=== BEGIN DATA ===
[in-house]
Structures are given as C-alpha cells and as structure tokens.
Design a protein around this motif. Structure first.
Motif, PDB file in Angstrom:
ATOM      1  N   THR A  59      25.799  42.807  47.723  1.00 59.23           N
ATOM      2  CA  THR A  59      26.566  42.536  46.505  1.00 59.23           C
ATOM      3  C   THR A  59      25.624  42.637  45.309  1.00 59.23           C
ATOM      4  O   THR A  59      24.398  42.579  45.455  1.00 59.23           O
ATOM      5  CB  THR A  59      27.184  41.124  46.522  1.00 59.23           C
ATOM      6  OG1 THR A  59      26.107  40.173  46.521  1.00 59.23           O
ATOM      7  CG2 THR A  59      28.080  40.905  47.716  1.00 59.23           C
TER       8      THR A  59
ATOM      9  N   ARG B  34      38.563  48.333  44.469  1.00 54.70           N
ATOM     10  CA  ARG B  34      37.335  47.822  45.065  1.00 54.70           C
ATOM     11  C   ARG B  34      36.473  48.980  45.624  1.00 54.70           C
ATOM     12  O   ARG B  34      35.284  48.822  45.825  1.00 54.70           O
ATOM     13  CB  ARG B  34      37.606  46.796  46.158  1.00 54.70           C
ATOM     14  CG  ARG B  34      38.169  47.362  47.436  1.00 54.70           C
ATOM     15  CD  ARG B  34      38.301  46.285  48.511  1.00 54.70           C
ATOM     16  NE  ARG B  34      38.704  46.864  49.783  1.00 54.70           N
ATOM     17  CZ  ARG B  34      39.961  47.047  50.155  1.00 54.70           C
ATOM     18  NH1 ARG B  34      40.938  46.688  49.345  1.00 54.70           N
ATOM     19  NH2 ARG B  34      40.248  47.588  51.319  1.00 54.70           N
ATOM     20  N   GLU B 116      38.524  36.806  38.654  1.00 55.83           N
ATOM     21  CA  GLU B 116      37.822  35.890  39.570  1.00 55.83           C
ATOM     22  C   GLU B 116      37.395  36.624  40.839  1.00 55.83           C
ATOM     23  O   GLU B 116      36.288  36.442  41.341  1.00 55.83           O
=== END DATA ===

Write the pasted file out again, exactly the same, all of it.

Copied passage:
[in-house]
Structures are given as C-alpha cells and as structure tokens.
Design a protein around this motif. Structure first.
Motif, PDB file in Angstrom:
ATOM      1  N   THR A  59      25.799  42.807  47.723  1.00 59.23           N
ATOM      2  CA  THR A  59      26.566  42.536  46.505  1.00 59.23           C
ATOM      3  C   THR A  59      25.624  42.637  45.309  1.00 59.23           C
ATOM      4  O   THR A  59      24.398  42.579  45.455  1.00 59.23           O
ATOM      5  CB  THR A  59      27.184  41.124  46.522  1.00 59.23           C
ATOM      6  OG1 THR A  59      26.107  40.173  46.521  1.00 59.23           O
ATOM      7  CG2 THR A  59      28.080  40.905  47.716  1.00 59.23           C
TER       8      THR A  59
ATOM      9  N   ARG B  34      38.563  48.333  44.469  1.00 54.70           N
ATOM     10  CA  ARG B  34      37.335  47.822  45.065  1.00 54.70           C
ATOM     11  C   ARG B  34      36.473  48.980  45.624  1.00 54.70           C
ATOM     12  O   ARG B  34      35.284  48.822  45.825  1.00 54.70           O
ATOM     13  CB  ARG B  34      37.606  46.796  46.158  1.00 54.70           C
ATOM     14  CG  ARG B  34      38.169  47.362  47.436  1.00 54.70           C
ATOM     15  CD  ARG B  34      38.301  46.285  48.511  1.00 54.70           C
ATOM     16  NE  ARG B  34      38.704  46.864  49.783  1.00 54.70           N
ATOM     17  CZ  ARG B  34      39.961  47.047  50.155  1.00 54.70           C
ATOM     18  NH1 ARG B  34      40.938  46.688  49.345  1.00 54.70           N
ATOM     19  NH2 ARG B  34      40.248  47.588  51.319  1.00 54.70           N
ATOM     20  N   GLU B 116      38.524  36.806  38.654  1.00 55.83           N
ATOM     21  CA  GLU B 116      37.822  35.890  39.570  1.00 55.83           C
ATOM     22  C   GLU B 116      37.395  36.624  40.839  1.00 55.83           C
ATOM     23  O   GLU B 116      36.288  36.442  41.341  1.00 55.83           O